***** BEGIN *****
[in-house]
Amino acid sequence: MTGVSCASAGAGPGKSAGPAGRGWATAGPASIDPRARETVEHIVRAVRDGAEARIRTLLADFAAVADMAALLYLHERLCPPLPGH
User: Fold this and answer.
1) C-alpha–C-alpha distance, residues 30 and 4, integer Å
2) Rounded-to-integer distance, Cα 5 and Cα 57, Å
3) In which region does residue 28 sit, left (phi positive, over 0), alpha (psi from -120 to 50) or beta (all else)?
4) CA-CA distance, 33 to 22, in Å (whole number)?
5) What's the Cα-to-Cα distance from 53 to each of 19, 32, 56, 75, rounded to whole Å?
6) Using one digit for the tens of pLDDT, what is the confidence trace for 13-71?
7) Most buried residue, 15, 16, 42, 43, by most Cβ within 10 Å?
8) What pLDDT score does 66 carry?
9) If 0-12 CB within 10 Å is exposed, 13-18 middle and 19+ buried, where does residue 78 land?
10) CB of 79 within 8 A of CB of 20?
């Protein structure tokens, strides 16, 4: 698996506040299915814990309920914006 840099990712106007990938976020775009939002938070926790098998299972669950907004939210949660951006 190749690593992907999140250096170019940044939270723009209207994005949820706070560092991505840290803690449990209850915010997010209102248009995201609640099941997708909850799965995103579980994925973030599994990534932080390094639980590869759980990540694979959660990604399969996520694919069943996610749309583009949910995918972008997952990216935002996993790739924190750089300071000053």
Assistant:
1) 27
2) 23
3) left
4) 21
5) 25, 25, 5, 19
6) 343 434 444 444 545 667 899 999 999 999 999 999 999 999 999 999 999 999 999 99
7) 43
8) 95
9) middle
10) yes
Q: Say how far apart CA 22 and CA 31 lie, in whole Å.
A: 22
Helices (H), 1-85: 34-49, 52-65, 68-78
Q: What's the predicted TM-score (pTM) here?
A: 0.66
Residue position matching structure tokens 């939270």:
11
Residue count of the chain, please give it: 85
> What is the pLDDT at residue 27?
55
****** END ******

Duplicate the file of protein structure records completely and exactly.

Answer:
[in-house]
Amino acid sequence: MTGVSCASAGAGPGKSAGPAGRGWATAGPASIDPRARETVEHIVRAVRDGAEARIRTLLADFAAVADMAALLYLHERLCPPLPGH
User: Fold this and answer.
1) C-alpha–C-alpha distance, residues 30 and 4, integer Å
2) Rounded-to-integer distance, Cα 5 and Cα 57, Å
3) In which region does residue 28 sit, left (phi positive, over 0), alpha (psi from -120 to 50) or beta (all else)?
4) CA-CA distance, 33 to 22, in Å (whole number)?
5) What's the Cα-to-Cα distance from 53 to each of 19, 32, 56, 75, rounded to whole Å?
6) Using one digit for the tens of pLDDT, what is the confidence trace for 13-71?
7) Most buried residue, 15, 16, 42, 43, by most Cβ within 10 Å?
8) What pLDDT score does 66 carry?
9) If 0-12 CB within 10 Å is exposed, 13-18 middle and 19+ buried, where does residue 78 land?
10) CB of 79 within 8 A of CB of 20?
């Protein structure tokens, strides 16, 4: 698996506040299915814990309920914006 840099990712106007990938976020775009939002938070926790098998299972669950907004939210949660951006 190749690593992907999140250096170019940044939270723009209207994005949820706070560092991505840290803690449990209850915010997010209102248009995201609640099941997708909850799965995103579980994925973030599994990534932080390094639980590869759980990540694979959660990604399969996520694919069943996610749309583009949910995918972008997952990216935002996993790739924190750089300071000053």
Assistant:
1) 27
2) 23
3) left
4) 21
5) 25, 25, 5, 19
6) 343 434 444 444 545 667 899 999 999 999 999 999 999 999 999 999 999 999 999 99
7) 43
8) 95
9) middle
10) yes
Q: Say how far apart CA 22 and CA 31 lie, in whole Å.
A: 22
Helices (H), 1-85: 34-49, 52-65, 68-78
Q: What's the predicted TM-score (pTM) here?
A: 0.66
Residue position matching structure tokens 């939270």:
11
Residue count of the chain, please give it: 85
> What is the pLDDT at residue 27?
55